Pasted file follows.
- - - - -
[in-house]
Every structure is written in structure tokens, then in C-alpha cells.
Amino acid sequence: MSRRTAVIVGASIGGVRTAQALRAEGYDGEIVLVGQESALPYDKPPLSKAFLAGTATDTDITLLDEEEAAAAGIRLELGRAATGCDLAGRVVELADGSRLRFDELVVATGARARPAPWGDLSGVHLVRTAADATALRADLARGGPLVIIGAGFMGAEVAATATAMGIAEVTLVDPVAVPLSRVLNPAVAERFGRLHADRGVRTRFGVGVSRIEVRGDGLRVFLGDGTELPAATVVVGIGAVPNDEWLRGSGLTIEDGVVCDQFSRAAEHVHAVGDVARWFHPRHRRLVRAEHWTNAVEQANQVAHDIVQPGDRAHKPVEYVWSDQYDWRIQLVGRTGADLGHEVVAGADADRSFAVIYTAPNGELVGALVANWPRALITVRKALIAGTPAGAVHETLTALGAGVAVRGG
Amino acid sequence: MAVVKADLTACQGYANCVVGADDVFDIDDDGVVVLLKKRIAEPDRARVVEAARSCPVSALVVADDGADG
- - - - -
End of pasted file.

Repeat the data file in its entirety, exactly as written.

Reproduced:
[in-house]
Every structure is written in structure tokens, then in C-alpha cells.
Amino acid sequence: MSRRTAVIVGASIGGVRTAQALRAEGYDGEIVLVGQESALPYDKPPLSKAFLAGTATDTDITLLDEEEAAAAGIRLELGRAATGCDLAGRVVELADGSRLRFDELVVATGARARPAPWGDLSGVHLVRTAADATALRADLARGGPLVIIGAGFMGAEVAATATAMGIAEVTLVDPVAVPLSRVLNPAVAERFGRLHADRGVRTRFGVGVSRIEVRGDGLRVFLGDGTELPAATVVVGIGAVPNDEWLRGSGLTIEDGVVCDQFSRAAEHVHAVGDVARWFHPRHRRLVRAEHWTNAVEQANQVAHDIVQPGDRAHKPVEYVWSDQYDWRIQLVGRTGADLGHEVVAGADADRSFAVIYTAPNGELVGALVANWPRALITVRKALIAGTPAGAVHETLTALGAGVAVRGG
Amino acid sequence: MAVVKADLTACQGYANCVVGADDVFDIDDDGVVVLLKKRIAEPDRARVVEAARSCPVSALVVADDGADG